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serving;faces .

When viewed from a distance, you can see a group. Like a herd, a big mass of people who we can quickly classify. This would be on the basis of external features, of course, as we tend to lock onto skin colour, clothing and hairstyle. We like to pigeon-hole people,

which can partially be justified. We do not randomly choose our style of clothing, it is a way of shaping our identity, in order to show who we are (or aspire to be) and what group we (want to) belong to. The point is that our identity consists of two parts: we have a social and a personal identity. We are not aware of this as such, but we need them both in order to become complete persons.

Faces, not statistics

You can discover a great variety of personalities within a group which, at first sight, appears to be homogeneous. You will only recognise these personalities when you start zooming into the individual. Suddenly, you will see differences, diversities and unexpected contrasts.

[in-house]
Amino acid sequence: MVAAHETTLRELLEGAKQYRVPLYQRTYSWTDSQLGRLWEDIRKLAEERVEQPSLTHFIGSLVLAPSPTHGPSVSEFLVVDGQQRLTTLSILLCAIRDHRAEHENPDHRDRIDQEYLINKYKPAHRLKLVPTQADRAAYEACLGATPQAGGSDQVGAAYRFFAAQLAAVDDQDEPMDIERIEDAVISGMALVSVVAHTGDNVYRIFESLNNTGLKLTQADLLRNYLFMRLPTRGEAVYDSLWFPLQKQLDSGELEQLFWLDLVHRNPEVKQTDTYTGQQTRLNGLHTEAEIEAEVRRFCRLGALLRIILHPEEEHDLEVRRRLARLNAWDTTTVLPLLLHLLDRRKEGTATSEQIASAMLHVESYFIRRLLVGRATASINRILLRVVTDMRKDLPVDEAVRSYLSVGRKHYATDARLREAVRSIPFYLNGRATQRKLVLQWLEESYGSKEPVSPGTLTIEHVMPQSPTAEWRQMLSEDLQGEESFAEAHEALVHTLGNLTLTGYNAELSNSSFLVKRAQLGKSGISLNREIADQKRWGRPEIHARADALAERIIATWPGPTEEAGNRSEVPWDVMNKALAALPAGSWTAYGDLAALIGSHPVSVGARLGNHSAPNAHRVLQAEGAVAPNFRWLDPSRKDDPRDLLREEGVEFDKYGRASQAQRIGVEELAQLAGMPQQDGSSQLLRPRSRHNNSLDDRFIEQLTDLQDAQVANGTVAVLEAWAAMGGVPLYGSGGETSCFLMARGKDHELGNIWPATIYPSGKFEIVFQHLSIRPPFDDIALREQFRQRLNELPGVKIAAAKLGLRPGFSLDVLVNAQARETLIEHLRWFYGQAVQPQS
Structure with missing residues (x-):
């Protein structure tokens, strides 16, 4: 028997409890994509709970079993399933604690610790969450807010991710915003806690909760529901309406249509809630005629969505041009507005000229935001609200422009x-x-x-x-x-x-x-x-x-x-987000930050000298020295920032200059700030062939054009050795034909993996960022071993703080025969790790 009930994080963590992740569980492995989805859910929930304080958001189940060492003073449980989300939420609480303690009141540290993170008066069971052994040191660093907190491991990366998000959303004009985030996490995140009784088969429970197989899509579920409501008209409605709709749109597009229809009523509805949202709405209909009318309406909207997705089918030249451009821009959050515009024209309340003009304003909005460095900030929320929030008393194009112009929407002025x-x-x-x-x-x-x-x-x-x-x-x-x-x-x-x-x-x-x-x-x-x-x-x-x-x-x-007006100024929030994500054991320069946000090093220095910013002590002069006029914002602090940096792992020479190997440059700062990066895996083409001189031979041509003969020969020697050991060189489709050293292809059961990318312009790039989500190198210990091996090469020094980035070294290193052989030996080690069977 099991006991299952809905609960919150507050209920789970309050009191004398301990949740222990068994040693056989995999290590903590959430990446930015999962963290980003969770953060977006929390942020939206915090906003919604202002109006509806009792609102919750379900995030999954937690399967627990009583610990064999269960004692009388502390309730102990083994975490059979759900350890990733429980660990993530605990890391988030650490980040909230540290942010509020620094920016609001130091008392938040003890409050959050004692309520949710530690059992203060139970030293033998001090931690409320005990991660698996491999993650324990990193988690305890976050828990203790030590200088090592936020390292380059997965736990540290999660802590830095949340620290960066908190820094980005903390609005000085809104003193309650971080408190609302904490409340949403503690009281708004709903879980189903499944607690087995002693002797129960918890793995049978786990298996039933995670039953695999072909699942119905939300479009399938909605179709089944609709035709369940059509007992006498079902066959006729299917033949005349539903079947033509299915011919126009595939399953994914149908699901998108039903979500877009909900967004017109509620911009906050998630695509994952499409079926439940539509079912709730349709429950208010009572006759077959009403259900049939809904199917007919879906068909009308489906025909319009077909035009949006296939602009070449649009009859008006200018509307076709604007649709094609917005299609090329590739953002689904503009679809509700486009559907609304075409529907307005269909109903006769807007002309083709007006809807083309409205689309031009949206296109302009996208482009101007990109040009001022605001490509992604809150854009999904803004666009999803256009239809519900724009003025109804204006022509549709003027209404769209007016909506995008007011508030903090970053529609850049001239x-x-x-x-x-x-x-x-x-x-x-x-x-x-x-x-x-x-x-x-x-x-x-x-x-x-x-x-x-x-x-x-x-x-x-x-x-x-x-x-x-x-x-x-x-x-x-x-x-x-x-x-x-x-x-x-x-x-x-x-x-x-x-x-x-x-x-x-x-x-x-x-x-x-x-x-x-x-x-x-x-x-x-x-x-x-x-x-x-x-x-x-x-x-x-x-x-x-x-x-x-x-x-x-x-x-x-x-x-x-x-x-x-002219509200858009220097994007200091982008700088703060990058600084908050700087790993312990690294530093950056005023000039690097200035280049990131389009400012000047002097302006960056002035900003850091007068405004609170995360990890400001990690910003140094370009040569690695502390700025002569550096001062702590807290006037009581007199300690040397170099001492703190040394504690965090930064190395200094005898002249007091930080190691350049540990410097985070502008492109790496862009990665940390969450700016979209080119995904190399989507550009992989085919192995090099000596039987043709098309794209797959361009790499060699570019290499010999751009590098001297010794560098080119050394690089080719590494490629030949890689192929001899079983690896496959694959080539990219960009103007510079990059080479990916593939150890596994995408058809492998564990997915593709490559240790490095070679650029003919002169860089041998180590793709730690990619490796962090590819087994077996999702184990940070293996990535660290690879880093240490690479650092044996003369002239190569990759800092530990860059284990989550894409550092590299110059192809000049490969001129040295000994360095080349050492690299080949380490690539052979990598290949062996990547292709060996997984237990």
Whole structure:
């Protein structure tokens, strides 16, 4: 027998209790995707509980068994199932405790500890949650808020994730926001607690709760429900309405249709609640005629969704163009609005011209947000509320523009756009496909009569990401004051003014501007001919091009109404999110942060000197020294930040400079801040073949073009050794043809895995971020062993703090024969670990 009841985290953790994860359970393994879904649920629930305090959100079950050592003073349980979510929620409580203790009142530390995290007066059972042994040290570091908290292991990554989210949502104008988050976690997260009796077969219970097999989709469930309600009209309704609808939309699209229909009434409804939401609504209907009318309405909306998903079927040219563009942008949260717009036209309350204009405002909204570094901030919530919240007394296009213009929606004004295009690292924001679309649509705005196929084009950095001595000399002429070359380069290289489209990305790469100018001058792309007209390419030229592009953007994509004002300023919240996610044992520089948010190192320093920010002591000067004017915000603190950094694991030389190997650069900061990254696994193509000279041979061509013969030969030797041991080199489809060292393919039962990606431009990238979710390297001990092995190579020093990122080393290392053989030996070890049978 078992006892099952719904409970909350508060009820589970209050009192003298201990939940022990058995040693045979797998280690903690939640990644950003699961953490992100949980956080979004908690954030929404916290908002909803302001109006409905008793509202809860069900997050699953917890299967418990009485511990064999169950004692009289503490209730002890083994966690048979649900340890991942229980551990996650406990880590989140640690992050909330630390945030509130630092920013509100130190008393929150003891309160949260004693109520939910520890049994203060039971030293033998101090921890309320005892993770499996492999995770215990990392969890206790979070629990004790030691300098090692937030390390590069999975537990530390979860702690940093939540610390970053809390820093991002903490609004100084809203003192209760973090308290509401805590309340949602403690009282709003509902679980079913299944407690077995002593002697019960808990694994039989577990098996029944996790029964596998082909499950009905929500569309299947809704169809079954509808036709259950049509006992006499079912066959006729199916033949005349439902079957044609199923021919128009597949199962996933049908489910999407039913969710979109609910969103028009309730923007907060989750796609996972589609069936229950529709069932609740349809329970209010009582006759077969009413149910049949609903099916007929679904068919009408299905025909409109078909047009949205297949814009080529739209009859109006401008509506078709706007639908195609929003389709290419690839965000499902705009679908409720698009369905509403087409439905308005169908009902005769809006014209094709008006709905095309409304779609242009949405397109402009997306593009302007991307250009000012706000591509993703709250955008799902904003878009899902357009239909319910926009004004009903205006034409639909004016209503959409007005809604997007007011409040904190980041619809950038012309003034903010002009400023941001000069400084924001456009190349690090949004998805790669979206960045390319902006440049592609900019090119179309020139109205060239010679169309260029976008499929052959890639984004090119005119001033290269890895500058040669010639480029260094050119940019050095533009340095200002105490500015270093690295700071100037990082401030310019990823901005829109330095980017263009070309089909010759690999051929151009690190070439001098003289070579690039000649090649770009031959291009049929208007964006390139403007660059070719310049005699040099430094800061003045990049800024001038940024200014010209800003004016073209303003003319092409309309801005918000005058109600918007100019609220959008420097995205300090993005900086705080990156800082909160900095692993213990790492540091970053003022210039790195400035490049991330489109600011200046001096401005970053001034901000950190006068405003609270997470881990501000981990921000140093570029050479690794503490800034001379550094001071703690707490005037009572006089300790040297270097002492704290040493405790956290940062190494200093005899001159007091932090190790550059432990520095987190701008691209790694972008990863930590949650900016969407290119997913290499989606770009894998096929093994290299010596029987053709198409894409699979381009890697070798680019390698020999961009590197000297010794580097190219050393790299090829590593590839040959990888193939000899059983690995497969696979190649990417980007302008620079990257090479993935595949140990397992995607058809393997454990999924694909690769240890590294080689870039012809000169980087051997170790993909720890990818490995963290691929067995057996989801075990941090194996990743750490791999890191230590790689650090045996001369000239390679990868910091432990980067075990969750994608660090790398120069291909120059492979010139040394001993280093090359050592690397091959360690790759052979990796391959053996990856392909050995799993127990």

And within this pool of diversity, we have one thing in common: we are all people. No person wants to be treated as just another statistic. Everyone has his or her own story, often with special details. You need to have an eye for unravelling these stories.

It’s all in the details

Look carefully – what strikes you? What deviates from the standard? Can you see that collar, those eyes, the unusual combination of jewellery? Can you see how his hair has been cut or how she tied her waistband? Dozens of messages are hidden in the way we present ourselves to the outside world: messages about culture and origin, social status and lifestyle, self-image and aspiration.

We use small details to show our personality and identity, preferably within the safety of a group. Vegan bodybuilders. Romantic punk rockers. Hip hijabis (hijabistas). Homosexual hill billies. Goth horse-crazy girls.

From pigeon-holing to watching and seeing

The way we dress is a way of communicating: this is me and this is how I want the world to see me. It works the same way for fashion brands, but the other way around: this is me, I understand your dreams and concerns, your ambitions and motives. I can see you.